You’re almost done outfitting your kitchen with a beautiful and functional sink! Now that you’ve chosen the type and material of your sink, it’s time to finish it off with a faucet and other fixtures. Don’t skimp here – the faucet is a most important fixture in your kitchen, and if you’re not happy with it every kitchen task will be frustrating. Choose the best faucet that you can afford. Making the decision may seem daunting (I still remember when I found out that faucets don’t come with the sink!) but follow our guide and you’re sure to find the right one for you!
First, you need to decide what kind of mount you prefer. If you are adding a faucet to an existing sink or counter, first check how many holes you have – it’s important! If you have only one hole, you’ll need to choose a single-hole faucet to fit it. Don’t worry; you can still find lots of faucets in single-hole configurations.
If you have more than one hole, you can choose a bridge faucet or widespread faucet with or without other accessories (like a soap dispenser, sidespray, or hot water faucet). Measure the spread (the distance between holes) that your current configuration can accommodate.
No holes in your sink or counter? Consider a wall-mounted faucet. These are commonly paired with apron-front farmhouse sinks for a rustic, country look. Just make sure that the faucet extends far enough over your sink.
Handle type (single lever, side-mounted handles, touch-sensitive spout)
Now think about how you want to turn on the faucet. The most popular type of handle today is a single-lever, which allows one to turn on the water without (excessively) touching the handle, keeping the kitchen cleaner and more sanitary. If your hands are full or greasy, you can use your forearm to turn on the water. Single-lever faucets are also easier to install than side-mounted handles. While a single-lever keeps the lever at the last temperature setting (handy if you like your water at a certain temperature), one positive aspect of side-mounted handles (aside from the look – some people prefer the dual-handle appearance) is that they make precise temperature setting easier.
Adding a sprayer to the faucet will make washing dishes and cleaning the sink infinitely easier. Many faucets now include an integrated sprayer in the head, but you can opt for a multi-piece set with a separate sprayer if you have available holes. The best option (and preferred by professional chefs) is generally a faucet with a pull-down spray head, which allows the user to simply pull out the sprayer head and then retract it back into the main spout.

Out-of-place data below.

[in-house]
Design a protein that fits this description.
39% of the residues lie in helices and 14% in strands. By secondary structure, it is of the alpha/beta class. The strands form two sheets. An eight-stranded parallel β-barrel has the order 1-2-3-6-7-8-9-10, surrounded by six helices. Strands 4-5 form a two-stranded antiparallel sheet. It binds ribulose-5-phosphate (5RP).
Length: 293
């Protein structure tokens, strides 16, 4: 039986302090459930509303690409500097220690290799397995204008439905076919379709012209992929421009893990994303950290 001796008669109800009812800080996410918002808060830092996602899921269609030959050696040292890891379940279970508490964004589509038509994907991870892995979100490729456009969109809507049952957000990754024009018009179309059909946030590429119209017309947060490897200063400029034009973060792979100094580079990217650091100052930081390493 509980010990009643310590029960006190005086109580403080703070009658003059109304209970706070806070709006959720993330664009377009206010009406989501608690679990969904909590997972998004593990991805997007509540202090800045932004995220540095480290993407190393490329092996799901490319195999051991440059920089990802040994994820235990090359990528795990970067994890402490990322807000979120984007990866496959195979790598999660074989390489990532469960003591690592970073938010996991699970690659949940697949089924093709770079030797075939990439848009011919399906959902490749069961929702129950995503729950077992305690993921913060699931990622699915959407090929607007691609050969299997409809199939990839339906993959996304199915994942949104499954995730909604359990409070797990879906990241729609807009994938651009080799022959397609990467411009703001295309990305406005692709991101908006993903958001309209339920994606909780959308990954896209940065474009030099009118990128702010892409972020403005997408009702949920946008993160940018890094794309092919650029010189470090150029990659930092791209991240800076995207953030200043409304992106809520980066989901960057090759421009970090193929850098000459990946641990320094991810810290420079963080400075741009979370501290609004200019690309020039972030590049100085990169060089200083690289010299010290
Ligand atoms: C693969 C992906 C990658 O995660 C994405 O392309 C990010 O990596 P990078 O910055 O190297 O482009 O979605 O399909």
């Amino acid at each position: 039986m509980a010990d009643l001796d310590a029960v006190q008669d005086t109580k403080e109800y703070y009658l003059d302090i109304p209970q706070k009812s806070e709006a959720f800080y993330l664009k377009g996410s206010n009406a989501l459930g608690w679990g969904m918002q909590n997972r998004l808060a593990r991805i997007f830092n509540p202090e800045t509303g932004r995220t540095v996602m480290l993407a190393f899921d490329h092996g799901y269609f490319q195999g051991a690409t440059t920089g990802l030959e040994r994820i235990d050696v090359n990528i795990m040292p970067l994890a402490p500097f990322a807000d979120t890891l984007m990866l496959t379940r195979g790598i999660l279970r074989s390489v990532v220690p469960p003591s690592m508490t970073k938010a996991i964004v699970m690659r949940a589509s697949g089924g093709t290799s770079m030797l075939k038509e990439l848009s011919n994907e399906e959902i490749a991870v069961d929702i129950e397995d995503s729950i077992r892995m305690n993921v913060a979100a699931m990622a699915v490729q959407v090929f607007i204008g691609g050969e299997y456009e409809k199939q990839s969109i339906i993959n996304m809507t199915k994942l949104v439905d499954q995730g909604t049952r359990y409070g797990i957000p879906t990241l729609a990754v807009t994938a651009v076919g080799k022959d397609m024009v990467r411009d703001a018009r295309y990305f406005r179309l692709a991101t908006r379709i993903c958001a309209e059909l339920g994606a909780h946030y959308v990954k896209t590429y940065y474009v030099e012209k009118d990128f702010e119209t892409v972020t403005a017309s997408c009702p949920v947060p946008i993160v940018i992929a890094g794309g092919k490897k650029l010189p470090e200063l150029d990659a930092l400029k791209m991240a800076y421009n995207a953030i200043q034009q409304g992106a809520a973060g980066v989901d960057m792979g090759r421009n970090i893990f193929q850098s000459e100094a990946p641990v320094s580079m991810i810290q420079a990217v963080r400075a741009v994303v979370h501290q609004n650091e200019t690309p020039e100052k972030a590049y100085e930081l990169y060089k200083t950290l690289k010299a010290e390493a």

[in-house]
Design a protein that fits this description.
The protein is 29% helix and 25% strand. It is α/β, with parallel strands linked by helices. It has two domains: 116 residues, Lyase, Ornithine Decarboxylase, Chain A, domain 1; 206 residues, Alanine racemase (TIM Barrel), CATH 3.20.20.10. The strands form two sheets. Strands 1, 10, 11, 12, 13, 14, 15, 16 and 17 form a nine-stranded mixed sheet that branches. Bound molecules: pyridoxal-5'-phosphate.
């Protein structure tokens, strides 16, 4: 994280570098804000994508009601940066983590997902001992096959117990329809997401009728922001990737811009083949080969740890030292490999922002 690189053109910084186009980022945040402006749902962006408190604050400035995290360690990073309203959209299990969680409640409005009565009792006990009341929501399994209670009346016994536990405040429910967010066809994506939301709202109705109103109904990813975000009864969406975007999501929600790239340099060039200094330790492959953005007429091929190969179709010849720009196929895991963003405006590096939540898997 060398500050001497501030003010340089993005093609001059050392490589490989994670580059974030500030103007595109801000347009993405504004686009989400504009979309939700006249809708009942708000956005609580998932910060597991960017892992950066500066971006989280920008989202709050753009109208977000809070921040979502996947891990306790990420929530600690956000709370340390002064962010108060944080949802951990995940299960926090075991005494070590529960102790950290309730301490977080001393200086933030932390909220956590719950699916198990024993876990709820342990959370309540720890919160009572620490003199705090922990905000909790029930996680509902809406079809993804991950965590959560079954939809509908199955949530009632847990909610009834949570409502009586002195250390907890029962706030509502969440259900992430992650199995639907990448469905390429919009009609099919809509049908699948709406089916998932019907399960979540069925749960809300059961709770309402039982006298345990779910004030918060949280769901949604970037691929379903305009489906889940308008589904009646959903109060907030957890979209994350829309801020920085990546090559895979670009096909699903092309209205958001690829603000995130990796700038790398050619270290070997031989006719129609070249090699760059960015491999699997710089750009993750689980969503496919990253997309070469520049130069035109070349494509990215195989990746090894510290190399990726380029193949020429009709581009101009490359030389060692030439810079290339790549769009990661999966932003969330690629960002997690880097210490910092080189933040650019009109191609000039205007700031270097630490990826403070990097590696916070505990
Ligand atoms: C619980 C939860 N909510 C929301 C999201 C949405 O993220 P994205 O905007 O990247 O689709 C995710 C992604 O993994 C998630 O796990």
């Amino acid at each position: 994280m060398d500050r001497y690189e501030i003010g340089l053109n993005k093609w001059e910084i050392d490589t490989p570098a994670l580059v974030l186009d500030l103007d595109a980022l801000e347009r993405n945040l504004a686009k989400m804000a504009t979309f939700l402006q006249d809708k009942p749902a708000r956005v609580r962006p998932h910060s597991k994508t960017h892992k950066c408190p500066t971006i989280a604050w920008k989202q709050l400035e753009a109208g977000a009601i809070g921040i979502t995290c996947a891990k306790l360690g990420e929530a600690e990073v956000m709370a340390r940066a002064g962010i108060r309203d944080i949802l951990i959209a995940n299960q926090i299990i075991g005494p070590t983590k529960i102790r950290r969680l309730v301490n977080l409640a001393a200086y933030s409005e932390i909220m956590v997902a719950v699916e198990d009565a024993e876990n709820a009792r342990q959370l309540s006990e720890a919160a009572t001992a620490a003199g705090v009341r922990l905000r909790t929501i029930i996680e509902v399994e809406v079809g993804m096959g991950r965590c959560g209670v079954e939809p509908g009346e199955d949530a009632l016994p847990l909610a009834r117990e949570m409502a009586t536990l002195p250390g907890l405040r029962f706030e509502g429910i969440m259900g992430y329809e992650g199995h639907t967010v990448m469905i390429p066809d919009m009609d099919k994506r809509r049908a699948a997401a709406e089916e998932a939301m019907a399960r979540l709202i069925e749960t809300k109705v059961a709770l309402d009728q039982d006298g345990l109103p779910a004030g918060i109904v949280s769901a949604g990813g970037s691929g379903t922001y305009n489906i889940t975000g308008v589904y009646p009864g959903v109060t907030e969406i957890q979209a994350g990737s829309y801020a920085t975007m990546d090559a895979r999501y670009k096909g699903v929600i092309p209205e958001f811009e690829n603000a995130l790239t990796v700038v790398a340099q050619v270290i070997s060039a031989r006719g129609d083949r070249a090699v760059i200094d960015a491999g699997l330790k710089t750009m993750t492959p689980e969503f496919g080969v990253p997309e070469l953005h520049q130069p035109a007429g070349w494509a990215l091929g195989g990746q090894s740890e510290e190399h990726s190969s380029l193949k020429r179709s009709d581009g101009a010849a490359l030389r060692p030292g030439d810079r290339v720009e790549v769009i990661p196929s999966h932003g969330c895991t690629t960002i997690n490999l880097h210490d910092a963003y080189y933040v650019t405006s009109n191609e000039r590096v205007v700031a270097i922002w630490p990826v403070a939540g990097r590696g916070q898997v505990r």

Three important points to consider when choosing an integrated spray head: 1. make sure it’s good quality; an inferior sprayer, especially a pull-down, will break easily; 2. pick one with an easily accessible spray/stream button to change flow type; and 3. ensure that the sprayer will reach all corners of the sink.
The style of your faucet is largely decided based on taste. Bridge faucets are currently trendy, and high-arc faucets are generally popular. Use caution when choosing a high-arc faucet, though: check the height! If it’s too high (and your sink is shallow), water will splash all over. If it’s too low, or you’re choosing a lower or non-arcing faucet, you may not be able to wash large bakeware or fill pots in the sink.
Pick a finish that coordinates well with the rest of your kitchen color scheme (cabinet hardware, drawer pulls, counter colors). A matte finish is typically less prone to water spots; shiny chrome helps your faucet stand out; brushed nickel will look richer and elegant; and bronze (pick one with PVD finish) or oil-rubbed finishes lend a country feel to your sink.
If you have several holes to fill in your sink, consider a side spray, soap dispenser, and/or automatic hot water faucet (some faucets include these fixtures in the faucet itself for single-hole installation).
You may want to include a garbage disposal as well; make sure to choose one that fits your sink drain.
Some faucets also have integrated water filtration for clean drinking water; if you drink a lot of tap water, a filtering system will save you time and money.
If you do a lot of cooking with big pots, think about adding a pot filler above your stove – no more lugging heavy, full pots back and forth from the sink to the stove!
You did it! Now enjoy your new, complete kitchen sink. You may even find yourself wanting to wash the dishes!
2 thoughts on “How to Choose a Kitchen Sink: Part III”
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